How to be heard when people won’t shut up
A colleague asked me how to get a word in edgewise when a group won’t shut up, even for a second. It happens in business, and sometimes at parties… so many people who are anxious to share their point of view and don’t mind being loud and aggressively dominating the discussion.
I have one trick that works for me.
After I have listened long enough to know that I have something valuable to add to the conversation, I do NOT try to shout my point as soon as there is a moment of dead air. Instead, I raise my hand and say “Would you like my opinion?” And then I wait, silently.
By Kindergarten, most people learn that a raised hand means you are requesting a chance to speak. Even those with minimal manners will eventually feel uncomfortable about me sitting there with my hand up and something potentially valuable to hear. The meeting host (or self-appointed foreperson) will finally relent and ask ‘David, you have something to say?’ Then the room gets eerily quiet and the stage is mine.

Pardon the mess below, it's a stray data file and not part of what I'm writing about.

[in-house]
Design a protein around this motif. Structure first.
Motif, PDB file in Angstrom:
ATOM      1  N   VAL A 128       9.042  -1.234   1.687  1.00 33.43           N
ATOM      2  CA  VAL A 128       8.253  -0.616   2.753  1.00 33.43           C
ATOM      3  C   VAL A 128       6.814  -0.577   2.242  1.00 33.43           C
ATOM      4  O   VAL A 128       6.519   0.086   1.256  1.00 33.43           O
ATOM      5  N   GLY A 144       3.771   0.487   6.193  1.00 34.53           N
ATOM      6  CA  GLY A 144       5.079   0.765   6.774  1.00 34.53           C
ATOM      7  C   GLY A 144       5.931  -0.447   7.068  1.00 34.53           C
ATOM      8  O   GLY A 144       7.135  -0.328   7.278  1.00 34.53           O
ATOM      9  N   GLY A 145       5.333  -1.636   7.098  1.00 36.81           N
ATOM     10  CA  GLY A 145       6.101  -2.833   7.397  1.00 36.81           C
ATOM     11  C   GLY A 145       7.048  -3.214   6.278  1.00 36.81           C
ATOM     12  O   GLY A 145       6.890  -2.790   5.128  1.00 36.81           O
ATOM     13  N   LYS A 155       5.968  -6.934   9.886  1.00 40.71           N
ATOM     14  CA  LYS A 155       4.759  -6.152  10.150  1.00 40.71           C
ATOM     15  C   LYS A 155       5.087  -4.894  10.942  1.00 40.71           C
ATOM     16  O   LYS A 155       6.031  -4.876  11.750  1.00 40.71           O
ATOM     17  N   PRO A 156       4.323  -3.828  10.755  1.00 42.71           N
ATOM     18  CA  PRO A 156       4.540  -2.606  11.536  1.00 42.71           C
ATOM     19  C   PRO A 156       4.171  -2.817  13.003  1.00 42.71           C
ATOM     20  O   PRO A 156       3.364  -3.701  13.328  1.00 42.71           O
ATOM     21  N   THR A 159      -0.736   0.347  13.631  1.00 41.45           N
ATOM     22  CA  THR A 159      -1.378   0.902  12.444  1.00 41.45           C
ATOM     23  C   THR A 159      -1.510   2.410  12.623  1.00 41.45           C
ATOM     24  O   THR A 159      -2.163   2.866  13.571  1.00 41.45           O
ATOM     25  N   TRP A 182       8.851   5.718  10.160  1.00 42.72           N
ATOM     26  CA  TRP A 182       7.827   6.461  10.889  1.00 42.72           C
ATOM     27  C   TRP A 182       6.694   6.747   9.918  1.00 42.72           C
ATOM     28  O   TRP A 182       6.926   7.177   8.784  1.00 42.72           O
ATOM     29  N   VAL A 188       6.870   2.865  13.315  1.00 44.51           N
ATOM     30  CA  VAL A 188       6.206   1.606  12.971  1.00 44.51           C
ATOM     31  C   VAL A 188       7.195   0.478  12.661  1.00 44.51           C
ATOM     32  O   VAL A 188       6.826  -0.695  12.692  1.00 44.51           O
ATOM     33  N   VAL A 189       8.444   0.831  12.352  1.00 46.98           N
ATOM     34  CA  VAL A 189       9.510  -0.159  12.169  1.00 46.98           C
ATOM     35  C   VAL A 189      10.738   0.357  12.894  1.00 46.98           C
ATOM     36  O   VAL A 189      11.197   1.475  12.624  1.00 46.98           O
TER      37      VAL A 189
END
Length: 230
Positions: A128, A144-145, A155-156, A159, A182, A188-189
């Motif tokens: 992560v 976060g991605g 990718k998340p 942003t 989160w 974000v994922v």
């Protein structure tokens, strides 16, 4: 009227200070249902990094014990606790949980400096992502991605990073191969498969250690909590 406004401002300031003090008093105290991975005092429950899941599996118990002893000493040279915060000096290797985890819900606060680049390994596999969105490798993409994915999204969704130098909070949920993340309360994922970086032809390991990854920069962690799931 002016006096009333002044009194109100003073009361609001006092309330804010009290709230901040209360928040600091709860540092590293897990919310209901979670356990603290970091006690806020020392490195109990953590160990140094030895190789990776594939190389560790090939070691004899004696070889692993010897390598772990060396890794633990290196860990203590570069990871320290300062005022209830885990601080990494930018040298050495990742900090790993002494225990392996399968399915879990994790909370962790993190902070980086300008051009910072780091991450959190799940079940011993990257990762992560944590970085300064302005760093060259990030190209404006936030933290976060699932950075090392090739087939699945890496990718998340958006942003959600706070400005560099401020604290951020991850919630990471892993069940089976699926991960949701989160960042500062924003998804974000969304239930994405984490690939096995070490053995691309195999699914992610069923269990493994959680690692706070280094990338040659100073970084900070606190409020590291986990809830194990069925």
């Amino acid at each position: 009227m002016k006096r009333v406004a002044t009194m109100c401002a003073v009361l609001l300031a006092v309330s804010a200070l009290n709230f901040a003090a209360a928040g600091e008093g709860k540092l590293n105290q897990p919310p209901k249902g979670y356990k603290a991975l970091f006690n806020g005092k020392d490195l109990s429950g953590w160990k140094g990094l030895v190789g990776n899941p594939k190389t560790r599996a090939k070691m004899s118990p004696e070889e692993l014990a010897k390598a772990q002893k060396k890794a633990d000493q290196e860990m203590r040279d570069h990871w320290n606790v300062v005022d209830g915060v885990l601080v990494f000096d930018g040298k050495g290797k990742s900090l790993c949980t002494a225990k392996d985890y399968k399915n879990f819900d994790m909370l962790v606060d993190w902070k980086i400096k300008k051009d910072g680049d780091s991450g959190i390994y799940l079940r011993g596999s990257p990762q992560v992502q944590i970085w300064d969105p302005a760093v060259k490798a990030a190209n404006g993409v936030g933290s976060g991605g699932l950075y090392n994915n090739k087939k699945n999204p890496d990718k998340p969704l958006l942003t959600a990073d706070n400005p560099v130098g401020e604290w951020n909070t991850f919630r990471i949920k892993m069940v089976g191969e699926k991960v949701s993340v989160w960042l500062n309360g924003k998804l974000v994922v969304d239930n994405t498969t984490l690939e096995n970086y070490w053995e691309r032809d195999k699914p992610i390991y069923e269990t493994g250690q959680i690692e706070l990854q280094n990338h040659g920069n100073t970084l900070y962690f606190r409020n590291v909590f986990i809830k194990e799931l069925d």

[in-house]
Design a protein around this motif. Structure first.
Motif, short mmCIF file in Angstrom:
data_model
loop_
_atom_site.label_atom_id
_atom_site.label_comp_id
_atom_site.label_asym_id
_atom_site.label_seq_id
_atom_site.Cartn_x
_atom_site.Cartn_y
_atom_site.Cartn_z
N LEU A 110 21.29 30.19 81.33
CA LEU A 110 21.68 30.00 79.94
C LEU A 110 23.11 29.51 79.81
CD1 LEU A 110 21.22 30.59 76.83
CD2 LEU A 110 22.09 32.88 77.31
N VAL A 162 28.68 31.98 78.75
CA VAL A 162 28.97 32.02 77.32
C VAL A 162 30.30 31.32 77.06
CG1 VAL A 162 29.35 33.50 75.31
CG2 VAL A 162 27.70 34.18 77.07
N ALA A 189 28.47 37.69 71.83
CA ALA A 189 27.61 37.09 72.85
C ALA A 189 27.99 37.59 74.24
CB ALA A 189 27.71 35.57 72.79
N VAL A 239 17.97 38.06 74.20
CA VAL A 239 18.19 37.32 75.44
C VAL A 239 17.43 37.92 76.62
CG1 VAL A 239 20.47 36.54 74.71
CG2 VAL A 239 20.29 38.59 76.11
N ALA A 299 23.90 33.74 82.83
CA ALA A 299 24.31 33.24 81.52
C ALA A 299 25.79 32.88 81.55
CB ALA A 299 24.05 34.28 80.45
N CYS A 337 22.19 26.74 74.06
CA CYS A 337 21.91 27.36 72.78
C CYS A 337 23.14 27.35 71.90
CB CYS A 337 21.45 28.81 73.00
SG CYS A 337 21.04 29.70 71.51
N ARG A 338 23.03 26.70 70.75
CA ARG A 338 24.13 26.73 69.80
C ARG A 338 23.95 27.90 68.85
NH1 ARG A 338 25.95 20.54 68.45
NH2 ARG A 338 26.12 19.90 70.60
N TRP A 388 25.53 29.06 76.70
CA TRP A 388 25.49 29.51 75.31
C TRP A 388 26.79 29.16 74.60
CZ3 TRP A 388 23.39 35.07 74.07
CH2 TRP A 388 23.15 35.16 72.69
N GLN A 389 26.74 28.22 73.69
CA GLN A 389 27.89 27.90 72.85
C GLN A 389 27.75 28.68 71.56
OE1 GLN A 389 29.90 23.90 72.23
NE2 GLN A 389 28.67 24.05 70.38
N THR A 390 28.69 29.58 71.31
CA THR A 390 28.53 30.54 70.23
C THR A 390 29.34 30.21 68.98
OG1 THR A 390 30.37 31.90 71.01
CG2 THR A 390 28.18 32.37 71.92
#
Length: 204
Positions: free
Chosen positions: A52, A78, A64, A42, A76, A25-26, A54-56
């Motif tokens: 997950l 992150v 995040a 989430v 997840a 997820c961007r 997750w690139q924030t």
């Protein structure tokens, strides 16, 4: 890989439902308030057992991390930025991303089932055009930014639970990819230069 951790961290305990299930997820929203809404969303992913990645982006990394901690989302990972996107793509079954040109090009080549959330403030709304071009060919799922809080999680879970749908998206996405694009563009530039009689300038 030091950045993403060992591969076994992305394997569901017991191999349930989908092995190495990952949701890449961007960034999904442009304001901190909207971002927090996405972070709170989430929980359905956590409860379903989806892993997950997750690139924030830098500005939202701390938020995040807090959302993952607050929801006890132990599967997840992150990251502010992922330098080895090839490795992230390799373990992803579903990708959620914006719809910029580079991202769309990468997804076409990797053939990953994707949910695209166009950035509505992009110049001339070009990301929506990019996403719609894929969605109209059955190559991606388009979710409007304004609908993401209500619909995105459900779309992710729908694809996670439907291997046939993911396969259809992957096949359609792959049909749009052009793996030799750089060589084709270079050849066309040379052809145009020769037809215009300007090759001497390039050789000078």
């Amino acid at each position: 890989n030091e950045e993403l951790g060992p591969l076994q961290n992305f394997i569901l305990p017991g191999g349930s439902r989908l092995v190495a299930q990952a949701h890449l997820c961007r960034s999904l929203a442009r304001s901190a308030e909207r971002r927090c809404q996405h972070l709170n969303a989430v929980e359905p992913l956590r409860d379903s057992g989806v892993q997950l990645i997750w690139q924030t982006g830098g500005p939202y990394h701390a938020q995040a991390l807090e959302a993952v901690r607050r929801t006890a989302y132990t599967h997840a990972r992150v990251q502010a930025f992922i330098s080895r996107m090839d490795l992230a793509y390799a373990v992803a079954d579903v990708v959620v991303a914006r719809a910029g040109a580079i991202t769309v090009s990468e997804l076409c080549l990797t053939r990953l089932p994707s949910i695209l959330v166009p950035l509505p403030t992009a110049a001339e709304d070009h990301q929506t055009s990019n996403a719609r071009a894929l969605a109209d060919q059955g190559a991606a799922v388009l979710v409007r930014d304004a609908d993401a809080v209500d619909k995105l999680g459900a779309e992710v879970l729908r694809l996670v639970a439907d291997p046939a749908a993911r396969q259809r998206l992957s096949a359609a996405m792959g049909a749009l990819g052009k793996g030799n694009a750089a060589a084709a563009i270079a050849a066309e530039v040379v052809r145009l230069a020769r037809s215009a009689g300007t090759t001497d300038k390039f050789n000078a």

Now you better have something worthwhile to say when called on, or this trick may not work the next time. Depending on the discussion, you can also come across as more of a collaborator if you phrase your point in the form of a question to the group and not as a declaration of fact. Start with “Would it make sense if…” or “How would the team feel if we tried…”.
This even works in WebEx meetings. I will speak or text chat my question to the whole group or press the Raise Hand button and wait. If you turn your video camera on, the host can even tell you are trying to participate by your body language. And the best trick of all… volunteer to take notes and share your desktop for the whole group. Then you instantly become part of the conversation because you are transcribing (and editing) live.
Being heard in a group of vocal people is not impossible. And if you don’t have anything to contribute, that’s OK too. The good listener is often the smartest person in the room.